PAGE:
When interviewing a faculty candidate, how should I structure the interview? What questions should I ask? How should I make the best use of the limited time available? Assume this is for a full-time faculty position at a R1 (research-focused) university.

1 Answer 1


If you have a 30-45 minute slot (which is typical for such things), you have to make some decisions:

  • Are you a 'buyer' or a seller' ? Are you evaluating the candidate, or also trying to convince them that your institution is a good place to work ? In general, you want to do both, but which you're thinking of emphasizing more will affect how you conduct the interview.
  • Is the meeting before or after the candidate's talk ? If after, you can do some probing based on the talk. If before, you might choose to ask them about material not in their talk, but in their CV.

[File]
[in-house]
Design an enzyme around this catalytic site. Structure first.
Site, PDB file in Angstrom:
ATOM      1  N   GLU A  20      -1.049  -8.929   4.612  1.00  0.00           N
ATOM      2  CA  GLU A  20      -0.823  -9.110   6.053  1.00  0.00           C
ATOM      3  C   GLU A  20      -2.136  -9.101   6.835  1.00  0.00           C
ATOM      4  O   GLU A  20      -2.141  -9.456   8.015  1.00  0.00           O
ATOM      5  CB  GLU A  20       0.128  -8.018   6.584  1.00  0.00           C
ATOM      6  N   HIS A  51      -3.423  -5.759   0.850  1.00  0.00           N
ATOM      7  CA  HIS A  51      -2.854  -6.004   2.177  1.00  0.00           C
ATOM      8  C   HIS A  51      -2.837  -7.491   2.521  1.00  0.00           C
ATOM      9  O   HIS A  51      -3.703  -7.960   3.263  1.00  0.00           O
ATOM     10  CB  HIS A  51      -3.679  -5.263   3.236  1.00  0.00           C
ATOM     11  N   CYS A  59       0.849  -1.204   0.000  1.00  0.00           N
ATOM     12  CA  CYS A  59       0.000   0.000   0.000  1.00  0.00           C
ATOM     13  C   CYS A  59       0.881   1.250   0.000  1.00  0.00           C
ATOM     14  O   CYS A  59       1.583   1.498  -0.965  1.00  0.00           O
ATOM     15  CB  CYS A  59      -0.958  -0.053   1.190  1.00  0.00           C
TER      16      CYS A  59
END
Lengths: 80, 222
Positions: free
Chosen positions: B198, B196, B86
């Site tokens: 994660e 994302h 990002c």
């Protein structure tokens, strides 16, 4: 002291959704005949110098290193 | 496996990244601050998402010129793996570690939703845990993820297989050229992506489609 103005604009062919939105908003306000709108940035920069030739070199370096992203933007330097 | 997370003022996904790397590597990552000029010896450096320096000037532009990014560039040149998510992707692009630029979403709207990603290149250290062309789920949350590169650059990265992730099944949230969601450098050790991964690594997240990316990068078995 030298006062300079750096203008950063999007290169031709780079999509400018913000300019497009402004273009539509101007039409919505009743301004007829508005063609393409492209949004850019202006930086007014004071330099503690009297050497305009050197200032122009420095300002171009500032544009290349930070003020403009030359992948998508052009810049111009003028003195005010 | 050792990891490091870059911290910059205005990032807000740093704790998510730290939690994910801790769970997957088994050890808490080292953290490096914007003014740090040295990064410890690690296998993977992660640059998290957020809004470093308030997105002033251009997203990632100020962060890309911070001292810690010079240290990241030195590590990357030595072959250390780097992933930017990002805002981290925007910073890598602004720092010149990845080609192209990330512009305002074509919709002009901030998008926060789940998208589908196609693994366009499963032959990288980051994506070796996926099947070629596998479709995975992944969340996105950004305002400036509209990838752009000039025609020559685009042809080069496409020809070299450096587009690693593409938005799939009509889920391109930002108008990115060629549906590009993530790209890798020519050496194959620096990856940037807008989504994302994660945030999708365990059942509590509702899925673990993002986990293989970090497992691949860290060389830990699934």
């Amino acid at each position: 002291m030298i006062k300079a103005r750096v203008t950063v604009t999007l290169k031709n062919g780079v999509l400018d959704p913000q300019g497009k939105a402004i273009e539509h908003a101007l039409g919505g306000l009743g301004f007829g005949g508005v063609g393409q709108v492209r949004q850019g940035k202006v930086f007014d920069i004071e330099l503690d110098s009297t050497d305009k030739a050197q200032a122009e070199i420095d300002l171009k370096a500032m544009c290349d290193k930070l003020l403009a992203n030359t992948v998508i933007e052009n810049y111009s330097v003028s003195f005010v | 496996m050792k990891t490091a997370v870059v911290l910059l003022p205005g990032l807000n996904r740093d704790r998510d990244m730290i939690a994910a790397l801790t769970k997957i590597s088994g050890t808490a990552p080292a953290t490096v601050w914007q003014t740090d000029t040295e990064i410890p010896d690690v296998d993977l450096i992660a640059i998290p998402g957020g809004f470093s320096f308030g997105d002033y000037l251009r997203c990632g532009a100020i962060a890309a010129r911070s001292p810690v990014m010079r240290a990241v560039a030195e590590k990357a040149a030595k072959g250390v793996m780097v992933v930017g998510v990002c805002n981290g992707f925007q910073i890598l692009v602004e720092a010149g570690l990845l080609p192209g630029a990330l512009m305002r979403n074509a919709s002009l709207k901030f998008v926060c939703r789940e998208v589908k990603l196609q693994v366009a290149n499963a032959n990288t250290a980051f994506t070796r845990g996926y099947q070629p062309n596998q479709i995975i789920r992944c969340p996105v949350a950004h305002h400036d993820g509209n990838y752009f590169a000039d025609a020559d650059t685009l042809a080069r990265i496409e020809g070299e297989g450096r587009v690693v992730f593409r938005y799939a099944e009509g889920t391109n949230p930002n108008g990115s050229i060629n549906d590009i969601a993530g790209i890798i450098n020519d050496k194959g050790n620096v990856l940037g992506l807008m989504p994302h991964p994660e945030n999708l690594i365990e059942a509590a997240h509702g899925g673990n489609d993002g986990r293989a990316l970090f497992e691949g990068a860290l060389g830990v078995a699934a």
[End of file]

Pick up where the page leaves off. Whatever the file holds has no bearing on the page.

• Is there concern about their area and how it fits with what you're looking for ?
  • Have you heard anything from your colleagues during other interviews that might prompt you to take a particular line of questioning ?

In general, since you can't really get a big read on a candidate in a short session, your best bet is to focus one one aspect (such as one of the above), and explore that in detail. One thing I've also found useful is to ask questions "out of left field" that test the assumptions the candidate's work rests on: if done right, this allows you to explore the candidate's larger views about their field and the direction of the research.

  • 1
    Nice answer. Could you please elaborate on "out of left field" questions.? Dec 16, 2019 at 8:24

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